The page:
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Never say die: Another BlackBerry smartphone is on the way

BlackBerry smartphones aren’t a thing of the past just yet.

The company plans to release at least one more smartphone, which will feature its trademark physical keyboard, CEO John Chen said in an interview with Bloomberg TV last week. This announcement comes as a surprise, given that BlackBerry said in September it will outsource all manufacturing of its devices to partners.

“It’s a tough call to get out of the business entirely, because there is still an opportunity to sell to the loyal customers,” said Eric Klein, director of mobile software at VDC Research Group in Natick, Mass. “I don’t think they’re going to have a blowout hit on their hands, but it will cater to that niche market that still wants their devices.”

BlackBerry has provided no additional details about the upcoming phone or its release date, but the physical keyboard could be a welcome sight for longtime users.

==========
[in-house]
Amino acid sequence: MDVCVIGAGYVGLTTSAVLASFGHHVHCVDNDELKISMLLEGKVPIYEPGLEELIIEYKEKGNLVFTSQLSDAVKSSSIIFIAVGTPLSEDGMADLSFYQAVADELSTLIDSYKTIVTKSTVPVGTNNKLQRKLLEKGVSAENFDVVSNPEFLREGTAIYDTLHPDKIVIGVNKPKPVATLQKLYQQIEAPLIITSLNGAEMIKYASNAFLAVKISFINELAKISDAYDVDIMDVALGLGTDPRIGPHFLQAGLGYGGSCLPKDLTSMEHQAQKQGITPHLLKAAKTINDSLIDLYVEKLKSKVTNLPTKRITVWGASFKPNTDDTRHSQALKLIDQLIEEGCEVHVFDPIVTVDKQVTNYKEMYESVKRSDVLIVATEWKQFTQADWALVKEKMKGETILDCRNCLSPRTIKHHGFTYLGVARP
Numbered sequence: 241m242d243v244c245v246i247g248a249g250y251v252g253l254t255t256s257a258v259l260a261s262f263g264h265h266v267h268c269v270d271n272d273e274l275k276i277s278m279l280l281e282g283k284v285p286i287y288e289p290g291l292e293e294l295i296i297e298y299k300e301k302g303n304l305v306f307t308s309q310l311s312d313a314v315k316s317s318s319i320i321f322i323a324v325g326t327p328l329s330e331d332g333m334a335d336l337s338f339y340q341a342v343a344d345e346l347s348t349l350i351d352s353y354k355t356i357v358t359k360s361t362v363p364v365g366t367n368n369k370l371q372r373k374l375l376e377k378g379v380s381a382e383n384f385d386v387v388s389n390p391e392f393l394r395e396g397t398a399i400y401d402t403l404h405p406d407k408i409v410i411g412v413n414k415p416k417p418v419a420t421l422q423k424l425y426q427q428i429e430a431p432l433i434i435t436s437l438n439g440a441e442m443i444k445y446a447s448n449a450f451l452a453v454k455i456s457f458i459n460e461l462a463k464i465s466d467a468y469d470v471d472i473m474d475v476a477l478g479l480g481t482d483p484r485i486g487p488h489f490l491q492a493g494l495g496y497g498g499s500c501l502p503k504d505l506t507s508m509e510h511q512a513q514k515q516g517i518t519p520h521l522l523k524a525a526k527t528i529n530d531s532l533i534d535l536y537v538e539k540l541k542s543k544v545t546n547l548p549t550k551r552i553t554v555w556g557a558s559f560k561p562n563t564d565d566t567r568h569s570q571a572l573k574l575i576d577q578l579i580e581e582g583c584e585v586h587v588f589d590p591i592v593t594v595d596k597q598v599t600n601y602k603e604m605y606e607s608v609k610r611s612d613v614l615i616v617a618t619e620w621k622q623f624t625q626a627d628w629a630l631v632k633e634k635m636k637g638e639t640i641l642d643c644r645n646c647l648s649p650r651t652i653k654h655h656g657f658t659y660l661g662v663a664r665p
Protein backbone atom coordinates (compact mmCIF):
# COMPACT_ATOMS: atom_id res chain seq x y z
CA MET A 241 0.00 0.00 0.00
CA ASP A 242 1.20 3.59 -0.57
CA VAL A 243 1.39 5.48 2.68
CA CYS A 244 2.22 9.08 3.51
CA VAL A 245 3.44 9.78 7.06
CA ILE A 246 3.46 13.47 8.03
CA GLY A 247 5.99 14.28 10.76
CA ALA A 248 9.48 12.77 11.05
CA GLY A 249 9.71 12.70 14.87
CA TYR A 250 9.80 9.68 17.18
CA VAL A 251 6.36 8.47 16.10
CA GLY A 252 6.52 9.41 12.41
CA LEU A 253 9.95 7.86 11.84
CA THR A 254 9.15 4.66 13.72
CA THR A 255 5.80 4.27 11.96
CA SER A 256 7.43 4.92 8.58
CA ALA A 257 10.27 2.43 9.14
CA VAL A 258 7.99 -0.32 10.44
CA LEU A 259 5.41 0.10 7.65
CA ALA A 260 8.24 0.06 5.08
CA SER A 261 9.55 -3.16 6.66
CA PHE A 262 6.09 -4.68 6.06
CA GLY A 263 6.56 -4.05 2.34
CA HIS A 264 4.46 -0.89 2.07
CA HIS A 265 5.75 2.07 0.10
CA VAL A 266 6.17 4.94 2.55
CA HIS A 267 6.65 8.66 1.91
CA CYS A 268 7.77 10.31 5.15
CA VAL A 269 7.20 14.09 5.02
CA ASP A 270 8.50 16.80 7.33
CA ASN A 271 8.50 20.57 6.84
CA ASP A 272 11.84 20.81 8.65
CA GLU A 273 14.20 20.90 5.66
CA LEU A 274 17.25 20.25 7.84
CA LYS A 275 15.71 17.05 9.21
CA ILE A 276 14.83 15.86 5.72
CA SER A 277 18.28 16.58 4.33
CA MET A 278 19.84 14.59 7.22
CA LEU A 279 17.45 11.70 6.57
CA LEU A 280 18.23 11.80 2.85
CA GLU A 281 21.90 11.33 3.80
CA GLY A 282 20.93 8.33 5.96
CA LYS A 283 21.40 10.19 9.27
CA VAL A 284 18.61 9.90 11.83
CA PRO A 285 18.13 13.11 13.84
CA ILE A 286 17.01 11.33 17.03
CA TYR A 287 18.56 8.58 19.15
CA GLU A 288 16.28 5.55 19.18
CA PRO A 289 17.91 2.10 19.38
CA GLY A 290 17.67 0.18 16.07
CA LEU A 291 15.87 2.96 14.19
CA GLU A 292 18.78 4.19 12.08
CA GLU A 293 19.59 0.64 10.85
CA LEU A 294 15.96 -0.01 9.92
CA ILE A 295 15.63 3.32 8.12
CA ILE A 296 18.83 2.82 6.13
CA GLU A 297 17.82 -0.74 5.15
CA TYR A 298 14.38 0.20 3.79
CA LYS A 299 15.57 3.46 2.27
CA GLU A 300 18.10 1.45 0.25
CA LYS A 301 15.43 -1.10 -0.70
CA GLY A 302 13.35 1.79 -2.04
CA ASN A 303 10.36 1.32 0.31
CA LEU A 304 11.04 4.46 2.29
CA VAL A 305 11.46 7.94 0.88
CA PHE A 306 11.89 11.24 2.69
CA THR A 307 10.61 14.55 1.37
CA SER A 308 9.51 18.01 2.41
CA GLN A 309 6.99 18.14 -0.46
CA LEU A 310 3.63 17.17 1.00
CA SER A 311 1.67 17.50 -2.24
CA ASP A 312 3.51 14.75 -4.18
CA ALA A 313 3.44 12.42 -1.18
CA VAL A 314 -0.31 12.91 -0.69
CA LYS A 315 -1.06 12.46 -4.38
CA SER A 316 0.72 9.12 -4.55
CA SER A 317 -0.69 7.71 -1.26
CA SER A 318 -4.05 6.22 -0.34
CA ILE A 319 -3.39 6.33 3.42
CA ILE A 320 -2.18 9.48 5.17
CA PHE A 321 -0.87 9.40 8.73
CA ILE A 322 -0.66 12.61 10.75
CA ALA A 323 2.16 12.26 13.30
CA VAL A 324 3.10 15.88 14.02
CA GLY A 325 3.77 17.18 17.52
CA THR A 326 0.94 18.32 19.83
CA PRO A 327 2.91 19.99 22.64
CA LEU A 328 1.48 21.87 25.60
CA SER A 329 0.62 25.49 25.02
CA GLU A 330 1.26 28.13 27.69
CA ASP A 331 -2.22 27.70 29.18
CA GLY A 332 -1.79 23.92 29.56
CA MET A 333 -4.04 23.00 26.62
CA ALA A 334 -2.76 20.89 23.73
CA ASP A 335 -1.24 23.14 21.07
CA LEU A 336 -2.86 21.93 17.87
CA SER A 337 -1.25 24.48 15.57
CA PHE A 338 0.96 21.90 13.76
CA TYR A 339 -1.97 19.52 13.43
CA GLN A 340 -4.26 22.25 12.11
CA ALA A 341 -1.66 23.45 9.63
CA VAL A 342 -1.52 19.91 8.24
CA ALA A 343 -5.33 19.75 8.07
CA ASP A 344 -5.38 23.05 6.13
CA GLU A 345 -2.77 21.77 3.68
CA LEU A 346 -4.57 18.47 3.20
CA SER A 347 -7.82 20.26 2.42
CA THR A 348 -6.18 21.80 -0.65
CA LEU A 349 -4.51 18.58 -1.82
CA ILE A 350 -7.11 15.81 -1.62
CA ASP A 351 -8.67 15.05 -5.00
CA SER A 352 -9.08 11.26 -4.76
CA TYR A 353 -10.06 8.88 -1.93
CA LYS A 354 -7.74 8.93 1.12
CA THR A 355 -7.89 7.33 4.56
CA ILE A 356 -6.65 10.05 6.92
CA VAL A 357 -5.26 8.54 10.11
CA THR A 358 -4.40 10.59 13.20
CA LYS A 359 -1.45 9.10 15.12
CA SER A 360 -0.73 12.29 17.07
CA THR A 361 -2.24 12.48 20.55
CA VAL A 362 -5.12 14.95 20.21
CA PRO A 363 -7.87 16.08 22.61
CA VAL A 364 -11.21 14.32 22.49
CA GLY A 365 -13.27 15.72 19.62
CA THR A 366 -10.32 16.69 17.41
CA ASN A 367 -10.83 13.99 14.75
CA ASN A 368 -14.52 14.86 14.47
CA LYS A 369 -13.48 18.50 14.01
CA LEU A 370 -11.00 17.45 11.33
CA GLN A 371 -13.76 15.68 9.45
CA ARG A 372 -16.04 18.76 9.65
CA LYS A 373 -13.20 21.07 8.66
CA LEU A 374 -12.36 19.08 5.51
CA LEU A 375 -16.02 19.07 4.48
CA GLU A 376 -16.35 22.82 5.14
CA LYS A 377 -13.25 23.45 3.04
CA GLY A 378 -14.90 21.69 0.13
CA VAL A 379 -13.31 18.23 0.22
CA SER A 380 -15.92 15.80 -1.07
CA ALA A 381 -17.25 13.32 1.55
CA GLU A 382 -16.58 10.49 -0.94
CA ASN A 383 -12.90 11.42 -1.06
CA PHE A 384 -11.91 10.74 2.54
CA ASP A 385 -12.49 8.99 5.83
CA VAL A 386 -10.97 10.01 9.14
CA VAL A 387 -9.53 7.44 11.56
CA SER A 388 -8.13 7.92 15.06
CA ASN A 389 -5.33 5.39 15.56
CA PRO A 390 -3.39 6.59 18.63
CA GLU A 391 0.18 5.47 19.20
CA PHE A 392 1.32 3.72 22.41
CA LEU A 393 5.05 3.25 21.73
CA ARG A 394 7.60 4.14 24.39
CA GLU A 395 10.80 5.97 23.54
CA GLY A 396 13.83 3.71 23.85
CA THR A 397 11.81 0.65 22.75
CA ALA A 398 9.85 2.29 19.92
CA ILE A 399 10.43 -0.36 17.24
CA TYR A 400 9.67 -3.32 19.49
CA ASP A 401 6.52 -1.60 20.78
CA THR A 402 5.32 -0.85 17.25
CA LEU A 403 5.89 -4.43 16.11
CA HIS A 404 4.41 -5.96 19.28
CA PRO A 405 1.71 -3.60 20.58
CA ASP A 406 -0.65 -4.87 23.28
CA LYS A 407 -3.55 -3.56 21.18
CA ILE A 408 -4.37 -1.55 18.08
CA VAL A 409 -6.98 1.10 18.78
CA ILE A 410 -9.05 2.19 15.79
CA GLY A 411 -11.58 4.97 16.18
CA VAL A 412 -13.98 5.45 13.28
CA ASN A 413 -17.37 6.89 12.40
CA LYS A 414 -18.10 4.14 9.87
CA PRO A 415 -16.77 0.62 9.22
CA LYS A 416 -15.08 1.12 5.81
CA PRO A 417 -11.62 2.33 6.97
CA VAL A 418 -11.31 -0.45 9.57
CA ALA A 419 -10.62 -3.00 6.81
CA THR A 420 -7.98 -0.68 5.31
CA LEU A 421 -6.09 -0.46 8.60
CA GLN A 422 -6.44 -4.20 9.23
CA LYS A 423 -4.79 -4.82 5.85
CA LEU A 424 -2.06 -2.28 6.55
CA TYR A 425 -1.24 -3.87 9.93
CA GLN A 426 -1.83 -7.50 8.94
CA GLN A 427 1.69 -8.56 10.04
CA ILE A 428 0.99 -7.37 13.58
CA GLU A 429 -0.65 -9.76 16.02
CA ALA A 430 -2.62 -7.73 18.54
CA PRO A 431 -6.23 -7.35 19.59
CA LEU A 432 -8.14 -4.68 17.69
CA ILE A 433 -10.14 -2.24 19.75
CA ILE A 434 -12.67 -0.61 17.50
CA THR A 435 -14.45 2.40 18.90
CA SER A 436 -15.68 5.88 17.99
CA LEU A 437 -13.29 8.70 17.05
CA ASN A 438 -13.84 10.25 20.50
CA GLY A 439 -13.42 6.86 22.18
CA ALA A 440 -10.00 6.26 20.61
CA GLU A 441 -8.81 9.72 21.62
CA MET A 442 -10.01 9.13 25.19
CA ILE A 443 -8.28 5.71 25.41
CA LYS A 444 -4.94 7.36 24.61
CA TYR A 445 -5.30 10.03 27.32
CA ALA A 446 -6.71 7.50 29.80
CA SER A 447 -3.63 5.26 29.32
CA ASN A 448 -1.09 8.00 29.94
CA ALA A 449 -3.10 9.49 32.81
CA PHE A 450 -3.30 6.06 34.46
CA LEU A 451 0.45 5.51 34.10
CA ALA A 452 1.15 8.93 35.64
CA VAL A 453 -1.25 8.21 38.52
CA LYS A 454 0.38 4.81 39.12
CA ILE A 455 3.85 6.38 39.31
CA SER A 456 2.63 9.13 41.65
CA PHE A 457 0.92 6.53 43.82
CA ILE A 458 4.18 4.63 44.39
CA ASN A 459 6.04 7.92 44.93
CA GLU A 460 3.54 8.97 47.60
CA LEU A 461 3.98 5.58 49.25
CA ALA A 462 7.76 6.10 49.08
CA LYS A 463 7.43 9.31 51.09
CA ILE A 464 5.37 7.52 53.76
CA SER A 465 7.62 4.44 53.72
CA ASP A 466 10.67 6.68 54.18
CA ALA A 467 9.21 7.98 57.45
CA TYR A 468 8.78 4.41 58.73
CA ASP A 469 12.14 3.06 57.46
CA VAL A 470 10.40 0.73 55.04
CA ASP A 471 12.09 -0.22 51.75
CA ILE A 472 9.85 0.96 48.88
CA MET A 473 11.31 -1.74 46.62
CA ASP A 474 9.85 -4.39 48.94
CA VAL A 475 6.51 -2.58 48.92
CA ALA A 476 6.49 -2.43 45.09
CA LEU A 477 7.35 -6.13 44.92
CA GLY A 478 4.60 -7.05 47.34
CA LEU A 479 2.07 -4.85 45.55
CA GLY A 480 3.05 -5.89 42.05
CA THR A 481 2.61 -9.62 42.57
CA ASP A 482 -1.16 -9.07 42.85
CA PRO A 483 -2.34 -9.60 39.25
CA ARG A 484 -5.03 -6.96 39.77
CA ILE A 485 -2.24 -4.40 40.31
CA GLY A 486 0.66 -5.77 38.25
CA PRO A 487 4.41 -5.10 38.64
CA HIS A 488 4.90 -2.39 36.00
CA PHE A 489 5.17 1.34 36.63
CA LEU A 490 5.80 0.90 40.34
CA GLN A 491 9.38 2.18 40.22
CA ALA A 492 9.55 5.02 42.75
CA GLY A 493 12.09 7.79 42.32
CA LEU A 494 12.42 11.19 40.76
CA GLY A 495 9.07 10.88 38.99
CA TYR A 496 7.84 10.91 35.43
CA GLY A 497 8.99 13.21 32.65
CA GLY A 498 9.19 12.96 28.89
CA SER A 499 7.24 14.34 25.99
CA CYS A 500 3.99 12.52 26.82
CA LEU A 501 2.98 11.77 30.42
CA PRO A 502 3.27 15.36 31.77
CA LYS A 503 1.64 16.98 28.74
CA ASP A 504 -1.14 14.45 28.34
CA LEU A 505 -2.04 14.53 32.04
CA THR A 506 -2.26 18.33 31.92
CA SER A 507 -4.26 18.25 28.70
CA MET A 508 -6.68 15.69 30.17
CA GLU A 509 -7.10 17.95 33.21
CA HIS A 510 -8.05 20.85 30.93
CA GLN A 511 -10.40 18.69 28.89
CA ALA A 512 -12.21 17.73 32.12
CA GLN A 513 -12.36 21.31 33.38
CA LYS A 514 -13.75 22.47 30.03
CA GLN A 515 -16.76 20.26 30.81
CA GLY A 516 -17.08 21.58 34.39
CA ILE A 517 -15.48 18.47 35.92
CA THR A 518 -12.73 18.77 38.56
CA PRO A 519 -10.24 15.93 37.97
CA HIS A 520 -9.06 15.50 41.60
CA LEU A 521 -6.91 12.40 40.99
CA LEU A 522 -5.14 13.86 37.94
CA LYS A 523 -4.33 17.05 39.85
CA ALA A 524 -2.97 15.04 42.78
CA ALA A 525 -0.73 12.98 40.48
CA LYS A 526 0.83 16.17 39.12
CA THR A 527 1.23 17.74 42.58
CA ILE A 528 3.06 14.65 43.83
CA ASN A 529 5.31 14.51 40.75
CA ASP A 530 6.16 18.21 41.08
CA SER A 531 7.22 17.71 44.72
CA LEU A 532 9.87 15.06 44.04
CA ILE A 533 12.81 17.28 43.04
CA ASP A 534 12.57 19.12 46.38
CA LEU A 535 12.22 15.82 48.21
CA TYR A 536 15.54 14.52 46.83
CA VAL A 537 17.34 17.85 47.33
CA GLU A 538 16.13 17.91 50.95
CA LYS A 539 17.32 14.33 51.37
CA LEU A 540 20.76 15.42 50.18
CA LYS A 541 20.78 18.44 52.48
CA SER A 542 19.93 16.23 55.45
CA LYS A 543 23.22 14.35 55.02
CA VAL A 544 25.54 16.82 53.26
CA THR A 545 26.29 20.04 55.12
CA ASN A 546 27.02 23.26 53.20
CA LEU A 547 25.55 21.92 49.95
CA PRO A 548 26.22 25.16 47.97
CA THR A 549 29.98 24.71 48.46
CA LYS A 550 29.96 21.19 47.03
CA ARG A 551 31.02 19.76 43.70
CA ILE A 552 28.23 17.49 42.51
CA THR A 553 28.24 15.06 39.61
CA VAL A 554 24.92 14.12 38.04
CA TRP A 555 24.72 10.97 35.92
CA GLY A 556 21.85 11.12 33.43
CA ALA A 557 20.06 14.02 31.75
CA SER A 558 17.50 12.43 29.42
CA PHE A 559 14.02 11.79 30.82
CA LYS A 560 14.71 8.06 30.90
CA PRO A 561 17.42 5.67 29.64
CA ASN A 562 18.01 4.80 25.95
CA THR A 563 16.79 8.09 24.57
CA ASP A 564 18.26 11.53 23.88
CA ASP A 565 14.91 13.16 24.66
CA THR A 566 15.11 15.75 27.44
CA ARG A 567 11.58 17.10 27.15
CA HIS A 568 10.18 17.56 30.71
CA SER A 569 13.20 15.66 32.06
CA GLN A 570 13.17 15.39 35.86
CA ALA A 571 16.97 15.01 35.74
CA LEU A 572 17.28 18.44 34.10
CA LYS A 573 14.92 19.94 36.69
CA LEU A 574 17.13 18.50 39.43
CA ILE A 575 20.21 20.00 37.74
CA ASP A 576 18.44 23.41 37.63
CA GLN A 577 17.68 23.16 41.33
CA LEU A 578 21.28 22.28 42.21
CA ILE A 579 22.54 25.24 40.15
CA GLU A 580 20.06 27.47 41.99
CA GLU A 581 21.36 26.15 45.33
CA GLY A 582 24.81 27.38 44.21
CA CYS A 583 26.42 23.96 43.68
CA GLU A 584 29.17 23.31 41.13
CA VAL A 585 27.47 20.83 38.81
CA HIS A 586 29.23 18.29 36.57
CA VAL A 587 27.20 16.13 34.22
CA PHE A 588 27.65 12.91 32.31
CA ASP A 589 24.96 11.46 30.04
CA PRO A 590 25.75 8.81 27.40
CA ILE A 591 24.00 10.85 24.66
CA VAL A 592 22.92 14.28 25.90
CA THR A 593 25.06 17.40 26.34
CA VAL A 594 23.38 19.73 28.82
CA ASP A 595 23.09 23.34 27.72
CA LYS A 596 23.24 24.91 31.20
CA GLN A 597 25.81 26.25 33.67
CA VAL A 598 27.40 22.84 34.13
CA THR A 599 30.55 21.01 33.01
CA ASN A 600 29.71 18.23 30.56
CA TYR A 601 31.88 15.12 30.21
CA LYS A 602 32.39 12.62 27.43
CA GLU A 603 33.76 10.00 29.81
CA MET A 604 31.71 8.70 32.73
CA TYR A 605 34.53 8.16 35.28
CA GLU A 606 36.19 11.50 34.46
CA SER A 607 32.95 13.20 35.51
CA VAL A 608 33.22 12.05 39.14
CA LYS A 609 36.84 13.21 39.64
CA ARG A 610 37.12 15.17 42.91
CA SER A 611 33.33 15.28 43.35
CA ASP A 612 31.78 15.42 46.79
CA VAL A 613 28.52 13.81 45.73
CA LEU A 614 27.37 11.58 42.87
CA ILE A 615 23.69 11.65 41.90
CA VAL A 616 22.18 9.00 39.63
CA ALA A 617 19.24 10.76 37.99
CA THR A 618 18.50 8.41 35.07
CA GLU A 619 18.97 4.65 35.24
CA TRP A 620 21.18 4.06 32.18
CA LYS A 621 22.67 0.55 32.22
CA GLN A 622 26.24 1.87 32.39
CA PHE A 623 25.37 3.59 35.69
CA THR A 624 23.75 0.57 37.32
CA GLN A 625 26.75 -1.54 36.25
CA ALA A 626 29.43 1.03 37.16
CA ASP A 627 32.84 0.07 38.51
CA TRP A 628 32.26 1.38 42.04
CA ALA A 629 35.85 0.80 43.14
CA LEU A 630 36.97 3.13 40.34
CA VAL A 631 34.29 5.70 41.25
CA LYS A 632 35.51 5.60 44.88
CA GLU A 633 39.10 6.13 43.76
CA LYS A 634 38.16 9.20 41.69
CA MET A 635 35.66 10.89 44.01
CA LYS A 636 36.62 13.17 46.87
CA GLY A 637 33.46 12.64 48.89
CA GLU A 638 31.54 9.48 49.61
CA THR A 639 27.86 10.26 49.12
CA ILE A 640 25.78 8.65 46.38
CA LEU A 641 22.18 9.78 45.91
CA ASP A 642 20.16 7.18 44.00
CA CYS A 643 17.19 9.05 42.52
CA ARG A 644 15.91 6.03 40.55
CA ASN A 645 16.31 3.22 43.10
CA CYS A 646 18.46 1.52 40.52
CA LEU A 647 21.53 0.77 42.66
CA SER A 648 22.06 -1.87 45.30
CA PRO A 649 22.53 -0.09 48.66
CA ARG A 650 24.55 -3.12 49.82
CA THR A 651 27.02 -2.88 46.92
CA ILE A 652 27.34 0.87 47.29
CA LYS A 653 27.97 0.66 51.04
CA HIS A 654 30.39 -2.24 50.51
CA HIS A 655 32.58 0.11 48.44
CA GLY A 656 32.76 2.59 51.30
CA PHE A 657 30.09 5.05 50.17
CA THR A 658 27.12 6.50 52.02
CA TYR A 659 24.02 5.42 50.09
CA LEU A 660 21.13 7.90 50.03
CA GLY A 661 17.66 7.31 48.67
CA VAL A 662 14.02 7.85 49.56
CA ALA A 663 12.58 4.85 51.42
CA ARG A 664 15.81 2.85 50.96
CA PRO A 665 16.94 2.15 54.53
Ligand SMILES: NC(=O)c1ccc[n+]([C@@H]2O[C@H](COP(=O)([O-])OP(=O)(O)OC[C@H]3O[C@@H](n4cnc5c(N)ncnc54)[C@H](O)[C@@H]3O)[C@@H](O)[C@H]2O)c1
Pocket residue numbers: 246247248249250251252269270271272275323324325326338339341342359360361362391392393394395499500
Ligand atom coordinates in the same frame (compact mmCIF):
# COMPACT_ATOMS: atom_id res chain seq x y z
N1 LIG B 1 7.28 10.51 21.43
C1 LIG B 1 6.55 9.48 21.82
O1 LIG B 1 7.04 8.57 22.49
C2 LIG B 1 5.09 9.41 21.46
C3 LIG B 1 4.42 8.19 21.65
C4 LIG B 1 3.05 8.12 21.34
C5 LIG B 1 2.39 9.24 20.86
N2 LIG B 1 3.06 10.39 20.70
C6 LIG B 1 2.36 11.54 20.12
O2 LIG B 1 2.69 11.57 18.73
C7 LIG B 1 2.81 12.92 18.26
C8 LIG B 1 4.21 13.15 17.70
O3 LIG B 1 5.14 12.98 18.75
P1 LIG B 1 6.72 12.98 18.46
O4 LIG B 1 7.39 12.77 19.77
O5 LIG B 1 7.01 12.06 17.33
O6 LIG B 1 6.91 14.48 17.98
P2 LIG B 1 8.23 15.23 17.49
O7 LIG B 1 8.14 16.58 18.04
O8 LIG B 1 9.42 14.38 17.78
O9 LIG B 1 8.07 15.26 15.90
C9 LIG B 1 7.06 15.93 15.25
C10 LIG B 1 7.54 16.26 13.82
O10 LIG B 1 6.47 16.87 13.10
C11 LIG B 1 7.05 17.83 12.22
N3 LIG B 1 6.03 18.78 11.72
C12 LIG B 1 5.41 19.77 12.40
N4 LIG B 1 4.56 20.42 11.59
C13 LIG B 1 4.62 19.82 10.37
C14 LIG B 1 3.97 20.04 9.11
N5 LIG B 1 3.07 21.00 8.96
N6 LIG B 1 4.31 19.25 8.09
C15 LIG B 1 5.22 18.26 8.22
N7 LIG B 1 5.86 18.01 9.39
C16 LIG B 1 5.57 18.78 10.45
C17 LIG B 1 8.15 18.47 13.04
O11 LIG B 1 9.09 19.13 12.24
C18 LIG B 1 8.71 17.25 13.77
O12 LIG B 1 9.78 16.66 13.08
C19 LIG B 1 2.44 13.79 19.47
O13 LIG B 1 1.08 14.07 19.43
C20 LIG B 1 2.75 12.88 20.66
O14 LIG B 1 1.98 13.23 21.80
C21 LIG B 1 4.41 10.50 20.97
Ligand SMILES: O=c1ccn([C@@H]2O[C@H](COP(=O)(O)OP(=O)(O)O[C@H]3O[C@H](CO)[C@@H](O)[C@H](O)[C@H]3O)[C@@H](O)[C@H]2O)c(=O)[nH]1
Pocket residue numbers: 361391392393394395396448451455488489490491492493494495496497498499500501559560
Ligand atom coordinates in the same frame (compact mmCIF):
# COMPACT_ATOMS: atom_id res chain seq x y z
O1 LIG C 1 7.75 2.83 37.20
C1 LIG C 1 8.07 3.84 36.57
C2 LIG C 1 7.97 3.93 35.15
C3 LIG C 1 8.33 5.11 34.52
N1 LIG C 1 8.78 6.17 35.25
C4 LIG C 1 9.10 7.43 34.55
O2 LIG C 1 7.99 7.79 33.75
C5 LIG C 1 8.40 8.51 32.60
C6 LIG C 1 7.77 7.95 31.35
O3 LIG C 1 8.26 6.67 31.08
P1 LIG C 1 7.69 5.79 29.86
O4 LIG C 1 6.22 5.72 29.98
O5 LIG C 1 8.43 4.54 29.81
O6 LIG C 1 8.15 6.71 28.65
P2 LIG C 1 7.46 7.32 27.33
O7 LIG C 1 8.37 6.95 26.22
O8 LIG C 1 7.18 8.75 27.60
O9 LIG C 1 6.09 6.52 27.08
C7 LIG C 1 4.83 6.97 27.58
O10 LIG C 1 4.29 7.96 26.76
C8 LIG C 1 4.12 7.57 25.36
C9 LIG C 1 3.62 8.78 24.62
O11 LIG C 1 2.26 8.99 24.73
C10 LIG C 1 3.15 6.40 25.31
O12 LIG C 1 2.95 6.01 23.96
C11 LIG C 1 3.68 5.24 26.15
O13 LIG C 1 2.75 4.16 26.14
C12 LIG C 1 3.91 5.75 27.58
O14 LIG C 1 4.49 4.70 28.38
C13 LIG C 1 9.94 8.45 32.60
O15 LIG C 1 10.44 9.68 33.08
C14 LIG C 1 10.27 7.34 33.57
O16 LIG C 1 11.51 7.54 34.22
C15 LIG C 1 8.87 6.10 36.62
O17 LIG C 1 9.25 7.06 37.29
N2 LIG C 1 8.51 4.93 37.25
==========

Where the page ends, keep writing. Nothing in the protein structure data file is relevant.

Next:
BlackBerry abandoned its homemade BlackBerry 10 operating system a year ago in favor of Android when it launched the Priv. After the company said it would back out of the hardware business, the belief was that the DTEK60 Android phone, released in July, would be its last smartphone. The idea behind the move to Android was to incorporate BlackBerry’s mobile security technology into the OS, making highly secure Android devices, and to grant BlackBerry devices access to the large Android app ecosystem.

Exiting the hardware business doesn’t leave BlackBerry in dire straits, however, because the company has transformed itself into a software provider in recent years. The company bought competing enterprise mobility management (EMM) provider Good Technology in November 2015, bringing its EMM market share at the time to about 21% — second behind only VMware AirWatch, according to VDC.

“The Good deal certainly gave BlackBerry a shot in the arm in the EMM space,” Klein said.

Additionally, BlackBerry inked a deal with Ford Motors this month to expand its use of QNX security software for connected cars. The software provides drivers with a secure operating system in their dashboards that connects to their mobile devices for navigation, calls, notifications and entertainment.

“That’s a direction they’ll drive ahead with,” Klein said. “That’ll be much larger than EMM, and they’ll keep evolving and progressing.”